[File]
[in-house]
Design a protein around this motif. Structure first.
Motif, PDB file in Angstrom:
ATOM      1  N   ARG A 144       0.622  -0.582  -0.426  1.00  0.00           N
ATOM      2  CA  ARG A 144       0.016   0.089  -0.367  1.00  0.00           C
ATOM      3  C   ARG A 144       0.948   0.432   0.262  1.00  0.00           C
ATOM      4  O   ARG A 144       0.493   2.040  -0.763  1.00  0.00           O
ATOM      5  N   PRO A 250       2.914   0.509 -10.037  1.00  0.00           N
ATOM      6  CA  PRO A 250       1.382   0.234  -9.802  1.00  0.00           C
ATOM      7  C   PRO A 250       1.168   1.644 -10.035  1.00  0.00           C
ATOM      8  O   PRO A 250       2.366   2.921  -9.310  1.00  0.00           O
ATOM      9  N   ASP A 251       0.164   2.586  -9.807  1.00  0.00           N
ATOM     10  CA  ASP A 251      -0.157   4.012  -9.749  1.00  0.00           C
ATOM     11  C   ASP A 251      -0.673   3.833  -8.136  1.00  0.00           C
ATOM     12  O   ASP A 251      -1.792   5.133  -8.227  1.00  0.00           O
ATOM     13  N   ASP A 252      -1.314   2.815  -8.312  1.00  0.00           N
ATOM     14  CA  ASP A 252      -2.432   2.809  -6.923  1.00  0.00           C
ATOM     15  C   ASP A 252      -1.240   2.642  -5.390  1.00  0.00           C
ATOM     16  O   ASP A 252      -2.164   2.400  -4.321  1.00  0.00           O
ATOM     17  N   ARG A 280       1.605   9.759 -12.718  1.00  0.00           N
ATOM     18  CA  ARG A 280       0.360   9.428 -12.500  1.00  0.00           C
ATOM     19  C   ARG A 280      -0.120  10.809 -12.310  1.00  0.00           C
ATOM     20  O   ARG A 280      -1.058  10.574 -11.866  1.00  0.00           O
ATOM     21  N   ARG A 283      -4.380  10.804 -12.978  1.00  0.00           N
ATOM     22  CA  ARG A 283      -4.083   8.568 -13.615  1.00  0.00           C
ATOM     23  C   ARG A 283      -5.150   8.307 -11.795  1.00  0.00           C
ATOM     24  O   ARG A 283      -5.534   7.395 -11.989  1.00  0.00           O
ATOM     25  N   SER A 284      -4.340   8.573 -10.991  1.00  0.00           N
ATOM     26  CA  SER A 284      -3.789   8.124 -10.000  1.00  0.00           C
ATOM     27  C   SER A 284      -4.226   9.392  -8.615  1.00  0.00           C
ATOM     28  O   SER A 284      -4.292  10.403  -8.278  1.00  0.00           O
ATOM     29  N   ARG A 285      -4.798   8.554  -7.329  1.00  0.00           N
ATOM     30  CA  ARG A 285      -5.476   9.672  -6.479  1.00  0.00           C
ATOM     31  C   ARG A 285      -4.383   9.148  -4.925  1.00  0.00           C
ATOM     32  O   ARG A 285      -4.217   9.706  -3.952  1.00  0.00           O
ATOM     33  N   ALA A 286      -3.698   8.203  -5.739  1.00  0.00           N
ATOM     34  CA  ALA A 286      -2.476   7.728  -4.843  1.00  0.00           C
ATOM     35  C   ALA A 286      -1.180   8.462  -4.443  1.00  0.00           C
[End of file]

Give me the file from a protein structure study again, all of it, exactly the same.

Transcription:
[in-house]
Design a protein around this motif. Structure first.
Motif, PDB file in Angstrom:
ATOM      1  N   ARG A 144       0.622  -0.582  -0.426  1.00  0.00           N
ATOM      2  CA  ARG A 144       0.016   0.089  -0.367  1.00  0.00           C
ATOM      3  C   ARG A 144       0.948   0.432   0.262  1.00  0.00           C
ATOM      4  O   ARG A 144       0.493   2.040  -0.763  1.00  0.00           O
ATOM      5  N   PRO A 250       2.914   0.509 -10.037  1.00  0.00           N
ATOM      6  CA  PRO A 250       1.382   0.234  -9.802  1.00  0.00           C
ATOM      7  C   PRO A 250       1.168   1.644 -10.035  1.00  0.00           C
ATOM      8  O   PRO A 250       2.366   2.921  -9.310  1.00  0.00           O
ATOM      9  N   ASP A 251       0.164   2.586  -9.807  1.00  0.00           N
ATOM     10  CA  ASP A 251      -0.157   4.012  -9.749  1.00  0.00           C
ATOM     11  C   ASP A 251      -0.673   3.833  -8.136  1.00  0.00           C
ATOM     12  O   ASP A 251      -1.792   5.133  -8.227  1.00  0.00           O
ATOM     13  N   ASP A 252      -1.314   2.815  -8.312  1.00  0.00           N
ATOM     14  CA  ASP A 252      -2.432   2.809  -6.923  1.00  0.00           C
ATOM     15  C   ASP A 252      -1.240   2.642  -5.390  1.00  0.00           C
ATOM     16  O   ASP A 252      -2.164   2.400  -4.321  1.00  0.00           O
ATOM     17  N   ARG A 280       1.605   9.759 -12.718  1.00  0.00           N
ATOM     18  CA  ARG A 280       0.360   9.428 -12.500  1.00  0.00           C
ATOM     19  C   ARG A 280      -0.120  10.809 -12.310  1.00  0.00           C
ATOM     20  O   ARG A 280      -1.058  10.574 -11.866  1.00  0.00           O
ATOM     21  N   ARG A 283      -4.380  10.804 -12.978  1.00  0.00           N
ATOM     22  CA  ARG A 283      -4.083   8.568 -13.615  1.00  0.00           C
ATOM     23  C   ARG A 283      -5.150   8.307 -11.795  1.00  0.00           C
ATOM     24  O   ARG A 283      -5.534   7.395 -11.989  1.00  0.00           O
ATOM     25  N   SER A 284      -4.340   8.573 -10.991  1.00  0.00           N
ATOM     26  CA  SER A 284      -3.789   8.124 -10.000  1.00  0.00           C
ATOM     27  C   SER A 284      -4.226   9.392  -8.615  1.00  0.00           C
ATOM     28  O   SER A 284      -4.292  10.403  -8.278  1.00  0.00           O
ATOM     29  N   ARG A 285      -4.798   8.554  -7.329  1.00  0.00           N
ATOM     30  CA  ARG A 285      -5.476   9.672  -6.479  1.00  0.00           C
ATOM     31  C   ARG A 285      -4.383   9.148  -4.925  1.00  0.00           C
ATOM     32  O   ARG A 285      -4.217   9.706  -3.952  1.00  0.00           O
ATOM     33  N   ALA A 286      -3.698   8.203  -5.739  1.00  0.00           N
ATOM     34  CA  ALA A 286      -2.476   7.728  -4.843  1.00  0.00           C
ATOM     35  C   ALA A 286      -1.180   8.462  -4.443  1.00  0.00           C